My previous comment vanished (never published or deleted?) and time has moved on but here goes:

    Why plagiarism of text is wrong: it is strictly speaking theft of ideas. It's true that in research papers the scientific content is more critical than the prose (although it would be interesting to find out how much the prose matters). Still, it is not that trivial where you draw the line between just copying the writing and copying somebody's ideas or interpretations. And even if we only copy somebody's “boilerplate” prose, it nevertheless is a heinous act to use the result of somebody else's creative work without giving any credit.

    Yes, you can do excellent science in any language and it would indeed be a great loss if research done in different languages were ignored simply because of the language. But there are positive ways to deal with this:

    1. Improve the standards of English in foreign universities. Train students (and researchers!) to get better at communicating their science in English. You won't need good English only for writing papers, you will also need it if you ever serve on international grant committees or for giving presentations at conferences or when you're invited somewhere.

    2. Journals should make a greater effort to enhance the quality of papers. When I review a paper with bad English I will flag this up to the reviewer. I never reject a paper only for the reason of poor English alone but if I can't understand a paper I can't review it. In cases like this the journal should support authors to improve the writing before review – but as this will be difficult to enforce the pragmatic solution is instead to find someone who can help improve your English before you submit. It doesn't have to be a professional translator – most people should be able to find a friendly colleague who is willing to do this.

    3. If you like a paragraph so much that you can't get around using it as boilerplate material, then why the hell not cite the original author and give credit where it's due? It's a simple solution that doesn't constitute plagiarism.

    I must also say that I find the suggestion that plagiarism of prose is excused in this situation is rather offensive to a majority of international researchers who worked hard to do science in English despite English not being their first language. I read a lot of papers by non-native speakers and most of them have excellent English. Writing is a skill and many native speakers also struggle with learning it. Many English lit majors would roll their eyes in disgust at many examples scientific writing, including those by native authors. In some respects, I think non-native speakers actually have an advantage because they learned English with proper grammar and are aware of the importance of simplifying your argument to make it understandable.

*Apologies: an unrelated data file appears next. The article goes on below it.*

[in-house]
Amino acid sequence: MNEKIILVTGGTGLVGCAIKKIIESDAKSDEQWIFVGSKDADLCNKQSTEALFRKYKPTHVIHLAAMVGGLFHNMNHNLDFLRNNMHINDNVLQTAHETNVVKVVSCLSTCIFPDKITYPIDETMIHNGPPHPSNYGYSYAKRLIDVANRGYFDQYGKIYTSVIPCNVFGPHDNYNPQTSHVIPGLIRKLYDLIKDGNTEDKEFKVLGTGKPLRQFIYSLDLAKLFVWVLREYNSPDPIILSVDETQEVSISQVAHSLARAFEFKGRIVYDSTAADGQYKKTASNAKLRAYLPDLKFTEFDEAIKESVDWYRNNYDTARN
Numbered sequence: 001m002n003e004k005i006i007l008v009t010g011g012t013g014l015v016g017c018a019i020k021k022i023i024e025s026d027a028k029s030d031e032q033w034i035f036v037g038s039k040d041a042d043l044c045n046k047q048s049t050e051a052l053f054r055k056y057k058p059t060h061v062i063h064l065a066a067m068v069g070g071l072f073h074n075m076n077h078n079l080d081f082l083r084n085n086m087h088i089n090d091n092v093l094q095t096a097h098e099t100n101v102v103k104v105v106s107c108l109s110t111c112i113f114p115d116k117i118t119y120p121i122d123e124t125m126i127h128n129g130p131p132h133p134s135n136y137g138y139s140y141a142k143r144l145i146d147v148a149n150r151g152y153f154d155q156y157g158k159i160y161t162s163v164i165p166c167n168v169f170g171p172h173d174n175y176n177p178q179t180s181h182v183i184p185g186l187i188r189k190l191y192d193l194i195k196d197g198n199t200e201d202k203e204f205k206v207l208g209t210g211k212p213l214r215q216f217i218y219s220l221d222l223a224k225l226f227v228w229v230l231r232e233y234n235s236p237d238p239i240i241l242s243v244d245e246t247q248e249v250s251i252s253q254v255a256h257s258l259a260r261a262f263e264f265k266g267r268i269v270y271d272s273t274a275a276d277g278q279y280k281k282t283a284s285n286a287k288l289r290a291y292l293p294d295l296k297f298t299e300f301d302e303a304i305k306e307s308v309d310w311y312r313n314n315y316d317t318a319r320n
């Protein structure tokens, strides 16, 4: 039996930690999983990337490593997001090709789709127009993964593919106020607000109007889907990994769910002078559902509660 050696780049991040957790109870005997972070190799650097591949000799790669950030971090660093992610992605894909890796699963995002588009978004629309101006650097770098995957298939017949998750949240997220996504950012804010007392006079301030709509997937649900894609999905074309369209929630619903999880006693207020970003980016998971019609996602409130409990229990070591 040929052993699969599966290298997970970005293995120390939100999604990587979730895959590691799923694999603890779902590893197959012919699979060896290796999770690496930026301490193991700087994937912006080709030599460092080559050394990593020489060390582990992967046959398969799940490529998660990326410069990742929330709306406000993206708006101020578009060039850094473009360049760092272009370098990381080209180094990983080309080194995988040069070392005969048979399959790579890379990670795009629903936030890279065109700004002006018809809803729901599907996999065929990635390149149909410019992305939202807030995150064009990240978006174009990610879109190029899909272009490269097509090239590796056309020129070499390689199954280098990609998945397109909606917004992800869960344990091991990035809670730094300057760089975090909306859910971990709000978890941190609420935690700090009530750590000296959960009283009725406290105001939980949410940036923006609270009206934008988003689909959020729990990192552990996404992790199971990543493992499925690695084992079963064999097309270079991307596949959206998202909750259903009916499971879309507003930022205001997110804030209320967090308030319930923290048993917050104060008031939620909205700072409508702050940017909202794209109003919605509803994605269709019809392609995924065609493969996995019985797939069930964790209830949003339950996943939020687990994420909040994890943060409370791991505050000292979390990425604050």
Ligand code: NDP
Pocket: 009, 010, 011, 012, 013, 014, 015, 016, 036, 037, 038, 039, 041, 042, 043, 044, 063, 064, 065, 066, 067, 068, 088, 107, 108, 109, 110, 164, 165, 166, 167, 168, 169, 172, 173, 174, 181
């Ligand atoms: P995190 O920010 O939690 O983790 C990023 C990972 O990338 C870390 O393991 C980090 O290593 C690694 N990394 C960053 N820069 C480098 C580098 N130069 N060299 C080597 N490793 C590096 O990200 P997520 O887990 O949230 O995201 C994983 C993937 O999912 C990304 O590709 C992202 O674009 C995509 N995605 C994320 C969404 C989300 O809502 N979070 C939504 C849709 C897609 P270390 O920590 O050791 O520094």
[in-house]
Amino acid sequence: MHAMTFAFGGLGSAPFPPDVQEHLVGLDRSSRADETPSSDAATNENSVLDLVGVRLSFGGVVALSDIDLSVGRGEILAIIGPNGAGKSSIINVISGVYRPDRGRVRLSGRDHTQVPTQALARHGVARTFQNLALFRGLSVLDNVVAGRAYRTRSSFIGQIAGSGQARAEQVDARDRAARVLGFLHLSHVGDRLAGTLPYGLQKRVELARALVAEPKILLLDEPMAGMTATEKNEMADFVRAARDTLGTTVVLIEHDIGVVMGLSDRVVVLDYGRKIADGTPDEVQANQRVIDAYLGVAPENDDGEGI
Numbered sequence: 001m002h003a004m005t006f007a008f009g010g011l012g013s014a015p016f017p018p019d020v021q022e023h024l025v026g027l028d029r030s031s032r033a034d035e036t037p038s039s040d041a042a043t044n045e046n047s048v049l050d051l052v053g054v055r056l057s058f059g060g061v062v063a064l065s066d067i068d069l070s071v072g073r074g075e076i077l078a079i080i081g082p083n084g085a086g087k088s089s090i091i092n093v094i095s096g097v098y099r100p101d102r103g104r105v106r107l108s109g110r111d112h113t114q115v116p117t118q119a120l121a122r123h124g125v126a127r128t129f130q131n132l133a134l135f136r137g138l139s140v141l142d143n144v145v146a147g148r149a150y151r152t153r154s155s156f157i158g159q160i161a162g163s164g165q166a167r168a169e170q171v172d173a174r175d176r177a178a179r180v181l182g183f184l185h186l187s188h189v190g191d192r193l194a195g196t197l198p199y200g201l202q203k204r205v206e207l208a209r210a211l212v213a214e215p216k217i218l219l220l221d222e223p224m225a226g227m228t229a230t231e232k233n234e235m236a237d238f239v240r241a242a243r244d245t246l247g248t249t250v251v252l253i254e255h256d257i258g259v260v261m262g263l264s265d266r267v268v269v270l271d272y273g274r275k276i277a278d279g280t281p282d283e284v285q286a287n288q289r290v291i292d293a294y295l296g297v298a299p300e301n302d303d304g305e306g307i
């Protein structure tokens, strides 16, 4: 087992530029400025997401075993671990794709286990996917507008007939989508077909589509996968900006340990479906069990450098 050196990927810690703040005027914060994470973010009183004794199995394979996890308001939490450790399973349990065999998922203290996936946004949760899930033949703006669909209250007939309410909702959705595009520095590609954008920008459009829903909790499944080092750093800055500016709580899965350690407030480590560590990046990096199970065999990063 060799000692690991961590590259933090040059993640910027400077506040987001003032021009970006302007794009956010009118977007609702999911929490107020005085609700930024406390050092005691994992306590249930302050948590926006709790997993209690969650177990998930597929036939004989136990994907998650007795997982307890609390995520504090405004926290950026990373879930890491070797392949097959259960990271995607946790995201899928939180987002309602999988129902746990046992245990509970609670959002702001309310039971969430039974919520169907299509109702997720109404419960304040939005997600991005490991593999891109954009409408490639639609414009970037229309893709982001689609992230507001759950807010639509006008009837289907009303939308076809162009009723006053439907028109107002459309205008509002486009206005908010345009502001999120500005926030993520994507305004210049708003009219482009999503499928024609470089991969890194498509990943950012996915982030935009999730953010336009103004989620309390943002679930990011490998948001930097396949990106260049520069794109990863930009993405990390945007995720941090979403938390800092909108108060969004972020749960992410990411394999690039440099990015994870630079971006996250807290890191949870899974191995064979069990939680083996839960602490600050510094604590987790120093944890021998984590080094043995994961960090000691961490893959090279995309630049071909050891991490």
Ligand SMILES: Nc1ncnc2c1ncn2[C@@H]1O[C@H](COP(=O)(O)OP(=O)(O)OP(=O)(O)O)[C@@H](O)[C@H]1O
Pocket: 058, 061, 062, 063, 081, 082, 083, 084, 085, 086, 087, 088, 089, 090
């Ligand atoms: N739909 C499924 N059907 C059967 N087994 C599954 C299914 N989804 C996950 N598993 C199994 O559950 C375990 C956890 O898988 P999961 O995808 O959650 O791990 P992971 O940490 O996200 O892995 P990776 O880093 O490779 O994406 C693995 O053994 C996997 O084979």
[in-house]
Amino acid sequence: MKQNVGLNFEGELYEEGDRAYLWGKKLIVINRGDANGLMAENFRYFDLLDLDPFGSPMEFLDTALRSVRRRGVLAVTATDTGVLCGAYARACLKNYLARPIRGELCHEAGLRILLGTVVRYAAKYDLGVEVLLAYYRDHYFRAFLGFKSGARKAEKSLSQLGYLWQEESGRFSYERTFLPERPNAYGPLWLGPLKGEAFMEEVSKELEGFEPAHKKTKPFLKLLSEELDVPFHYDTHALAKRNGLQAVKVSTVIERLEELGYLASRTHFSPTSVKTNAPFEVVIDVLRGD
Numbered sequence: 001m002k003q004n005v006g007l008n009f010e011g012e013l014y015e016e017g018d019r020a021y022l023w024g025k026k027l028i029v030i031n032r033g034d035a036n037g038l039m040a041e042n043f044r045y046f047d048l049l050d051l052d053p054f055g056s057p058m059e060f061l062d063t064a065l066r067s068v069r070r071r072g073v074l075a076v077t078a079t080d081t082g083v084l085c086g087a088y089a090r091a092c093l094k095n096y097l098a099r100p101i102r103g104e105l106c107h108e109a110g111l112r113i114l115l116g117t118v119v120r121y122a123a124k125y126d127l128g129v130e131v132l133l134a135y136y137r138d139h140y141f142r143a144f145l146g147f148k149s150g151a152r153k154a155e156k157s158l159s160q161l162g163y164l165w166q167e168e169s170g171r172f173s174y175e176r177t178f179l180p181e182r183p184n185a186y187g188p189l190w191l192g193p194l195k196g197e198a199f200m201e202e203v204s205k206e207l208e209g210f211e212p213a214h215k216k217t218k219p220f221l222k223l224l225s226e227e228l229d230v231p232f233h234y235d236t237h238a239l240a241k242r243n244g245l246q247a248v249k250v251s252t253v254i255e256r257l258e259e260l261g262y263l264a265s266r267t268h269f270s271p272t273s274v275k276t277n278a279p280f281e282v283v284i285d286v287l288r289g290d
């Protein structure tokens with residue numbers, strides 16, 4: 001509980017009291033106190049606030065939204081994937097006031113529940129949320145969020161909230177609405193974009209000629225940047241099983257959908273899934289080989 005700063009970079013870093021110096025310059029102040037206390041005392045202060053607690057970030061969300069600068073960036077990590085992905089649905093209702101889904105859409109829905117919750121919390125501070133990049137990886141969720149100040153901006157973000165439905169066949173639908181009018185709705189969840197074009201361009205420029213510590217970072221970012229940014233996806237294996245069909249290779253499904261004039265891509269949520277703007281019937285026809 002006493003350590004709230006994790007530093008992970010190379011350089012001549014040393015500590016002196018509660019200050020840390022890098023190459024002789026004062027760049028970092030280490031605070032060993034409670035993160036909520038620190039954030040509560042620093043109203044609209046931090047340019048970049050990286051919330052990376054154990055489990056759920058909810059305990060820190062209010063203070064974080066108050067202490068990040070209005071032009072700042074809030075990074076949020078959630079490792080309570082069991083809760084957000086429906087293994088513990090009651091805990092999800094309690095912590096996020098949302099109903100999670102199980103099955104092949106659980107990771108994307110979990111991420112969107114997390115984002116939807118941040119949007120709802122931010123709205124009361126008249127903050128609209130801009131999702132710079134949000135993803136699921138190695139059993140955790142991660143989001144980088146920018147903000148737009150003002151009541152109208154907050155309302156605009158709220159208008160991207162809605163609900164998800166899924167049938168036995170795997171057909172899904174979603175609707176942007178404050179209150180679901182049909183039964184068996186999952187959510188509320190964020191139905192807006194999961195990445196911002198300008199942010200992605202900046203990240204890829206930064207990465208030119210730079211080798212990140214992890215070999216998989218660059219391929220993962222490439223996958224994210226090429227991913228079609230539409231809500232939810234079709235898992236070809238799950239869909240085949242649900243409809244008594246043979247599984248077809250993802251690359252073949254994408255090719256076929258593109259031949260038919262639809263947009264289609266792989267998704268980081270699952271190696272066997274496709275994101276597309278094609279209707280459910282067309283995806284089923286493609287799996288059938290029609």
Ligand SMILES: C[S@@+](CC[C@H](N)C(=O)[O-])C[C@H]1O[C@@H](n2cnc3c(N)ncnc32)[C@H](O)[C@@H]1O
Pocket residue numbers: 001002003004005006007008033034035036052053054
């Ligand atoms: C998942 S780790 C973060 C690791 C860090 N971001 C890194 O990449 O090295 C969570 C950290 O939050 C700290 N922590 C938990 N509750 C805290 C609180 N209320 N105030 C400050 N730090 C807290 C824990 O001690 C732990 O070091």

• http://www.blogger.com/profile/06647064768789308157 Neuroskeptic

    Nitpicker – Sorry, your previous comment got put into Spam Folder Limbo, fixed now.

    “I must also say that I find the suggestion that plagiarism of prose is excused in this situation is rather offensive to a majority of international researchers who worked hard to do science in English despite English not being their first language.”

    I don't see it that way. I think a lot of people – including me until I sat down & thought about it writing this – just ignore the extra challenge that non-English speaking scientists face.

    The fact that so many cope with it so well is entirely to their credit & I respect that a great deal – because it's a big challenge.

    But that's also why I can understand where this kind of plagiarism comes from.

  • Nitpicker

    @NS: Thanks for rescuing my post, even though it now looks like I'm repeating myself ;)

    I don't see it that way. I think a lot of people – including me until I sat down & thought about it writing this – just ignore the extra challenge that non-English speaking scientists face.

    I suppose I don't perceive to have any extra challenge then! And my main point is really that a large majority of non-English speaking scientists do not seem to have this problem. The majority of the scientists who trained me were also non-native speakers. I also met a large number of international researchers, including students, who don't seem to have any issue with this either.

    Of course, our situation is a bit different as we live and work in English-speaking countries. And I have no doubt that some people struggle more with the language barrier than others. Certainly a Star Trek-style universal translators would be an improvement over the status quo but this isn't feasible in the immediate future. For now English remains the international language and the language of research. So what people who struggle with the language should do is seek help, not copy other people's writing. Not only is this plagiarism, it also doesn't help you improve.

  • http://www.blogger.com/profile/13405634373998361400 Haitham Seelawi

    I have been following your blog since you posted the 9 circles of scientific hell cartoon some two years ago, and to date it is the poster that has persisted the most on our publishing department board. Some terms found there had even entered our office parlance.

    Having proceeded, hopefully, along the proper lines of the first comment etiquette, I think I can now jump into the heart of the subject. A small part of my job is doing a couple of quality reports on academic papers almost every few days, and so I am very familiar with the crux of the problem here. I concur on that grammatical errors and nonstandard usage of English should be a secondary concern, especially that the use of a language editor to fix them is unlikely to solve the real problem, but it is to this extent only that I agree with you.